Looking at my yard on Sunday, I had two problem areas. The first, was the wedge shaped bed near the garage. I was thrilled with it in the spring
. The snowdrops, creeping phlox, and forget-me-nots were blooming. The emerging mint had a purple cast and filled in the bed nicely. I was enjoying the lovely foliage of my newly planted Stella D’Oro. As the season progressed, I was less happy with the plantings. The mint began smothering the other plants, so I ripped it out, leaving a number of bare spots. The clematis I had transplanted from the destruction zone
became unhappy and almost too large for the small bed. When the Stella and the coreopsis bloomed, the two shades of yellow clashed horribly. The coreopsis and a single coneflower grew to five feet tall and flopped over the walkway. They completely overwhelmed the petite space.
The second ugly spot was the garage bed. Again, I was happy with it in the spring
. I tucked a number of miscellaneous plants from Patrick
into the narrow space and was happy with the contrasting foliage. Later, I added a few hollyhocks to the mix. I was trying to grow perennial poppies in the center of the bed, beneath the window, but had only succeeded in raising giant weeds. Then, a few weeks ago, my neighbor asked me if I was growing vegetables along the garage. I regarded the bed and realized that it DID look like a vegetable garden. Almost nothing was in bloom. The hollyhocks, in their first season, look like squash plants. The bed was a sea of green leaves without even the promise of a fresh salad.
By Sunday morning, I had some sale plants from Moeller’s and Home Depot and an itch to do some transplanting. My plan was to move the coreopsis to the poppies’ former seed bed
along the garage, dig up the clematis, and fill in the bare spots in the wedge bed with my new purchases.
First, I prepared the coreopsis’ new home. I dug a nice big trench in the light soil along the garage wall. As is Mr. Tibbs
’ wont, he climbed in to provide some liquid fertilizer. After ejecting the kitten, I followed the summer-time transplant advice given on Perennial Passion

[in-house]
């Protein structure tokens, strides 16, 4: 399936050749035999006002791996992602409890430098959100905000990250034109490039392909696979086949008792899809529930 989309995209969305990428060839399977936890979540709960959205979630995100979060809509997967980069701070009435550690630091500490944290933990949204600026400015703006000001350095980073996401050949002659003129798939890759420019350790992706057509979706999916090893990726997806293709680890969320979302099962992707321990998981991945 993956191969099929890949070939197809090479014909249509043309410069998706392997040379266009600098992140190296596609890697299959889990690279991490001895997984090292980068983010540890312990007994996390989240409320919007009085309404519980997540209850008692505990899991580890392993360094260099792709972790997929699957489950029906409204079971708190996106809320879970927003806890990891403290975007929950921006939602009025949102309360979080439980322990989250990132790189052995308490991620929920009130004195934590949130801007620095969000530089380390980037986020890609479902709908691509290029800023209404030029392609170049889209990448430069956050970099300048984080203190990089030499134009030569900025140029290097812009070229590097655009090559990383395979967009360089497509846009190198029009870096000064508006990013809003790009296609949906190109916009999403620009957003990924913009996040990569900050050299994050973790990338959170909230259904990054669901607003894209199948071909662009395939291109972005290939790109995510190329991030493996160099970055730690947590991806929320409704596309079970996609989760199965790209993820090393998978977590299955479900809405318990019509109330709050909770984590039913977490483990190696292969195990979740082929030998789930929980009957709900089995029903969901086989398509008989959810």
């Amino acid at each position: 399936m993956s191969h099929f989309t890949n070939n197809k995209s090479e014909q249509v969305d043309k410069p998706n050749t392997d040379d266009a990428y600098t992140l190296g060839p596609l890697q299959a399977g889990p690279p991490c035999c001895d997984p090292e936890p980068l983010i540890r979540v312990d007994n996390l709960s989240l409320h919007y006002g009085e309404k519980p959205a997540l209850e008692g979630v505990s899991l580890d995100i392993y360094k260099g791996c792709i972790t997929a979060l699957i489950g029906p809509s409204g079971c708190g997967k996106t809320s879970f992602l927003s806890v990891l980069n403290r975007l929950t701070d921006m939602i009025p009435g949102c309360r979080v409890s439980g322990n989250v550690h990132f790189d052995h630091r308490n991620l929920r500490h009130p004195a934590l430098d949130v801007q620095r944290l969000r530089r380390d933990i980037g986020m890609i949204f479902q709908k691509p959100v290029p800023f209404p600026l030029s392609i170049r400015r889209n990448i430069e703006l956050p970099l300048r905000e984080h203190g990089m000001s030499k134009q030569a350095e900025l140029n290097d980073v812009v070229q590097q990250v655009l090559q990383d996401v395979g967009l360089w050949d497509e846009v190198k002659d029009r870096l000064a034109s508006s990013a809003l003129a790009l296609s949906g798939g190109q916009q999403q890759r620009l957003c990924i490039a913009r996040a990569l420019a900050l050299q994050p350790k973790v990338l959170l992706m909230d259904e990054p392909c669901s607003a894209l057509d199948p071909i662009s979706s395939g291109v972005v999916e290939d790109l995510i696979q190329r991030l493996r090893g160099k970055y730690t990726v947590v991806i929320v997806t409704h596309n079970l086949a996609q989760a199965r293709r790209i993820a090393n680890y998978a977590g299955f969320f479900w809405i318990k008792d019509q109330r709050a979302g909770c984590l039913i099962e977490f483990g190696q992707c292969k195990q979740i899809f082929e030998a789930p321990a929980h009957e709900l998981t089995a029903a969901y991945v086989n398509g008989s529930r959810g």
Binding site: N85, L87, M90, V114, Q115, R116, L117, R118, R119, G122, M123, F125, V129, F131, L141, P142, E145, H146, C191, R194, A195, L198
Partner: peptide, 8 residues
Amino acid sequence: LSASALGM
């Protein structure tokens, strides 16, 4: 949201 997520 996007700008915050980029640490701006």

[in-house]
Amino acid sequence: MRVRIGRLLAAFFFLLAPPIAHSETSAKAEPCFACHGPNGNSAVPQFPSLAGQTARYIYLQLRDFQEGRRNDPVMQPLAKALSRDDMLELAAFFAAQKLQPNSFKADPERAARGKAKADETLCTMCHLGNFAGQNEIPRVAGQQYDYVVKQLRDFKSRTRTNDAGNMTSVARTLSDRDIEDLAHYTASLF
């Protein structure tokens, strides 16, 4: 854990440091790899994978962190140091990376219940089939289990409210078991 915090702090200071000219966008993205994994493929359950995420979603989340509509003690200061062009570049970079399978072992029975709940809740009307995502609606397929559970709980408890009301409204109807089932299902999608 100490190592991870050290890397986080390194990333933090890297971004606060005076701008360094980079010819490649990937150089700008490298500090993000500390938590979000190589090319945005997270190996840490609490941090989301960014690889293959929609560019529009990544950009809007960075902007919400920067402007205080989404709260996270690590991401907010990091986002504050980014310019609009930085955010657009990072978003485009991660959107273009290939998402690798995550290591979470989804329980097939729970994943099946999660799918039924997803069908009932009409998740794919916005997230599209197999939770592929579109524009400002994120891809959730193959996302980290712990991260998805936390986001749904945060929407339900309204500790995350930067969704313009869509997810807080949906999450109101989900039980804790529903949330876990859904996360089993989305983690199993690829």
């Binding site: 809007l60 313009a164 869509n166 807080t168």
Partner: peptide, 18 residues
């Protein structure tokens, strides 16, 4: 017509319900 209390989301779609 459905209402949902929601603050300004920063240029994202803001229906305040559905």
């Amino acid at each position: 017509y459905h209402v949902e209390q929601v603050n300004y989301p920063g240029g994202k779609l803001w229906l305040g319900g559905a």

, and filled the hole twice with water. After the second filling, I wandered off to find some gardening tool. When I returned, the water had soaked into the ground and Mr. Tibbs had provided more fertilizer – in the solid form this time. Kitties can be troublesome garden helpers.
I dug the coreopsis, coneflower, and larkspur out of the wedge bed and soaked the roots in vats of water. I removed the clematis with a large clump of soil and dropped it into a temporary pot, trying to disturb its roots as little as possible. I then combed through the dirt to remove fistfuls of mint roots. They had so thoroughly invaded the soil that I could understand why my coreopsis needed such frequent watering.
I divided the coreopsis into two bunches and planted it, along with the single coneflower, under (or, rather, in front of) the garage window. I’m hoping that the structure will hold the lanky blooms aloft and that, with the competition from mint roots gone, the plants will grow more extensive and supportive root systems. I need to add some shorter plants in front to disguise the legs, but the bright blooms instantly improved my “vegetable” bed.
In the wedge bed, I planted two Russian sage where the coreopsis and coneflower had been. I repositioned the larkspur and added two orange pixie lilies and a coreopsis “limerock ruby” (tickseed). (I’ve probably stuffed too much into the bed, but I can always move it!) Click on the photo for a labeled version.
The clematis is cooling its heels in a pot positioned in its new location. I will probably put it in the ground during my planned fall planting fest. (I’ve got hostas, gardenia, jasmine, mock oranges, hydrangeas, and a dogwood to plant.)
Five days later, the transplants are doing well. The tall coreopsis and coneflower had a rough time at first, probably due to their stunted root systems, but with consistent watering for the first two days and the more recent rain and cool weather, they’ve perked up. I’m glad I moved the plants around. I’m no longer driven bonkers by the leaning flowers, I found a home for my sale plants (except one orphaned Russian sage), and I’ve lost my fear of transplanting in July.